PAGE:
In the summer of 2005, there were no hot dogs in a Super Fresh in suburban Philadelphia that had not been touched by an eighteen-year-old who really liked penises. That is to say I am gay. That is to say I was the one in charge of putting the hot dogs on the hot dog shelf.
I was paid $7.25/hr. I touched plastic wrapped around collagen casing wrapped around mechanically separated turkey as I listened to Hoobastank’s “The Reason.”
There’s a rule, in supermarkets. At least in the one I was working in. It was on a laminated poster at the bottom of a concrete staircase which led to the meat freezer. The staircase always smelled like raw meat and the steady, indubitable march of space-time.
The rule is GAT. Greet, Anticipate, Take. The idea is to become not only the customer’s purveyor of essential amino acids but his consigliere, whispering “endive” to him before he knows what endives really are. Walking to what he desires and trusting that he will follow you, you aproned queen. Nibbling his ear and whispering “it’s me, babie” as he gazes at a pack of Jennie-O Jumbo Turkey Franks.
On a Wednesday morning in July, there was a GAT huddle at the bottom of the staircase. Patricia Dooley, a Bakery Associate, had failed to anticipate a customer’s desire for Kosher Sourdough Rye. When the customer mentioned wanting to get “something for Yom Kippur,” Dooley flicked her wrist toward the cannoli.
The customer was actually plainclothes Senior Customer Service Manager Marjorie Prelutski, and the exchange was captured in Prelutski’s typed notes. The notes arrived at the bakery department in an envelope sealed with a “we-will-SO-fire-you-babe” kiss and Prelutski’s signature.
The huddle happened at 6:45 a.m. My boss, the head of the meat and seafood department and a former male model named Joey whose 80s-era headshot was pinned to a corkboard next to the meat grinder, stood on a stool at the bottom of the staircase. He put his fists in the air and shouted the letters G, A, and T as we shouted them back at him. He told us how to anticipate a customer’s desire based on their body language. Neck-scratching means they want to spend money. I noticed that he had very large deltoids and a high degree of symmetry in the obtuse angles of his Adam’s apple.
This made me think of how he could do the hot dogs so much faster than me. When it was near closing time and I had not yet stocked the Ball Park Franks, he’d touch my shoulder and I would step aside and he would dig his hands into the box of hot dogs and pick them up two by two, like they were baby animals that he was coddling but also urging to go out and do the best they can.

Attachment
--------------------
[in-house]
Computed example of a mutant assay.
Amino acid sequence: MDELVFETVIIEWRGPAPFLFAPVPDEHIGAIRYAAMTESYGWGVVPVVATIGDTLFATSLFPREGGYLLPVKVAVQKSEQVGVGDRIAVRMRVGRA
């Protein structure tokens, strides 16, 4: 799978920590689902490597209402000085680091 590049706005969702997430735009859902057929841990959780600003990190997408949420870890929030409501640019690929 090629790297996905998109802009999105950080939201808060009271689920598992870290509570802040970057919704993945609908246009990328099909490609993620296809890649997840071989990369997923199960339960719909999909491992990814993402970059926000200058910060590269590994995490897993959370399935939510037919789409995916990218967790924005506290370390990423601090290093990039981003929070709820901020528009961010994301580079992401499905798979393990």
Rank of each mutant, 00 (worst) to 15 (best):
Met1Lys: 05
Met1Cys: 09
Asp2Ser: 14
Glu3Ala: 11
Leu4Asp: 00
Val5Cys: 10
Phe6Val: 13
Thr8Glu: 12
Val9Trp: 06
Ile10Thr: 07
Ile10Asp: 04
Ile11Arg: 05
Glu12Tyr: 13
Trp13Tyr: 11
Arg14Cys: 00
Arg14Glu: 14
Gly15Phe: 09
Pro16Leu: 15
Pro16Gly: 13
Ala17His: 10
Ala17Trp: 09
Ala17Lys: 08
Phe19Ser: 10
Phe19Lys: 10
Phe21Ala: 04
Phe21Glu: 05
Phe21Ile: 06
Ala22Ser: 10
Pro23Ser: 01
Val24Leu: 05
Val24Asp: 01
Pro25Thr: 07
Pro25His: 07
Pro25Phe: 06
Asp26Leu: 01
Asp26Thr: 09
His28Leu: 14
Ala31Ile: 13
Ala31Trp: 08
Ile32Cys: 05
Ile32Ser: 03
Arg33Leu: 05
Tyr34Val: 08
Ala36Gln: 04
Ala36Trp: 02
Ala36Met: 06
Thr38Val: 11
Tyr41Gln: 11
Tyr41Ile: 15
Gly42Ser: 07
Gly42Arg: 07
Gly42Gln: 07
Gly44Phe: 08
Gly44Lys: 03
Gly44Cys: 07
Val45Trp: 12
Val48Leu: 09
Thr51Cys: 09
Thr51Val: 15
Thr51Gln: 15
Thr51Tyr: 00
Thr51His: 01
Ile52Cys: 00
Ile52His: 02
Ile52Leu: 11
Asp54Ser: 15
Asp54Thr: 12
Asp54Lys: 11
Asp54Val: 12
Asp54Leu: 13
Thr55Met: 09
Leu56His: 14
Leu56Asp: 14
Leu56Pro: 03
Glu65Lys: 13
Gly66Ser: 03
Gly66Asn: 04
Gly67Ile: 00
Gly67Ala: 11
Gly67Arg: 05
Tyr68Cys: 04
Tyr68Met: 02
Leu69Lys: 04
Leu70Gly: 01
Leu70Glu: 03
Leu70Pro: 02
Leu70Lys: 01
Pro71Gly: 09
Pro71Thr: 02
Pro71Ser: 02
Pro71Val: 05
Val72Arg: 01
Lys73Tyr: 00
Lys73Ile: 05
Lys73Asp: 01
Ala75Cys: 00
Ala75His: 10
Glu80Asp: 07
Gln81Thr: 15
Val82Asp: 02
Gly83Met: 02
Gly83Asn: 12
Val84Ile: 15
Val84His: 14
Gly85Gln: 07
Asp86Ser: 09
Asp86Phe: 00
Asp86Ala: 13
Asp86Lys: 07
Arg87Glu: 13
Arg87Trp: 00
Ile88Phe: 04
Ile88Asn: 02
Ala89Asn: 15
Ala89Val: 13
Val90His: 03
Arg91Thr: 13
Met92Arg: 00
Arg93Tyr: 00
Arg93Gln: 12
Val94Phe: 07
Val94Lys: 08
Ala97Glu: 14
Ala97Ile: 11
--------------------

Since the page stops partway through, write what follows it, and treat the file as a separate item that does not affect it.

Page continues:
Dooley was given a yellow cake on her last day at Super Fresh. At the end of her shift, she told me – as I gripped five thick Hebrew Nationals — that she couldn’t “fucking wait to get out of this shithole.”
Then Joey came by and quizzed me on the location of various dried pulses. We role-played GAT into the night. It was twenty minutes to closing. He asked me where the navy beans were, and I told him they were at the end of aisle six, on the right. He raised his left eyebrow. I said, “Do you want me to take you there?”
Sometimes late at night, I look up at my bedroom ceiling and imagine an eternity of people GATting one another in all the aisles of all the cities and nation-states across the Earth. A woman in a produce section in Tibet who runs around in circles carrying two cantaloupes, greeting everyone and judging via their countenance if they are there for cantaloupe, and if they are, giving them that cantaloupe as fast as she possibly fucking can.
“Would you like me to take you there?”
“Yes, sir. I would like that.”
And then the slow walk to the navy beans. Passing the applesauce and the tenderloin, heart aflutter, asking myself a thousand times, “Will he want the navy beans? In my heart of hearts, I just don’t know if he will want the navy beans.” And Hoobastank’s “The Reason” is playing again, and no one seems to care. No one seems to care at all.
Fuck me by the navy beans. I will GAT you all night. I will GAT you here, in a 50,000 square foot box in a suburb at 9:40 p.m., as we wear our white aprons around our pectoral muscles because we work in a supermarket which might be the most important job of all the jobs, the giving of life-sustaining organic compounds to the people who need them. I will GAT you until we’re knee-deep in dried pulses at the end of aisle six, on the right, and both of us earn perfect scores from corporate because they see how much unending unperishable GAT-infused love we have for one another, not just for our beautiful customers who only want something to put in their mouths. I will GAT you until you’re breathless. I will GAT the world, in fact. I will GAT you to anything, or anywhere, or any any.
I’m sorry I never told you that.
I left the supermarket on a Tuesday at 3 p.m. I wrapped my hands around my last Hebrew National and left my apron hanging on a hook by the side of the hot dog shelf.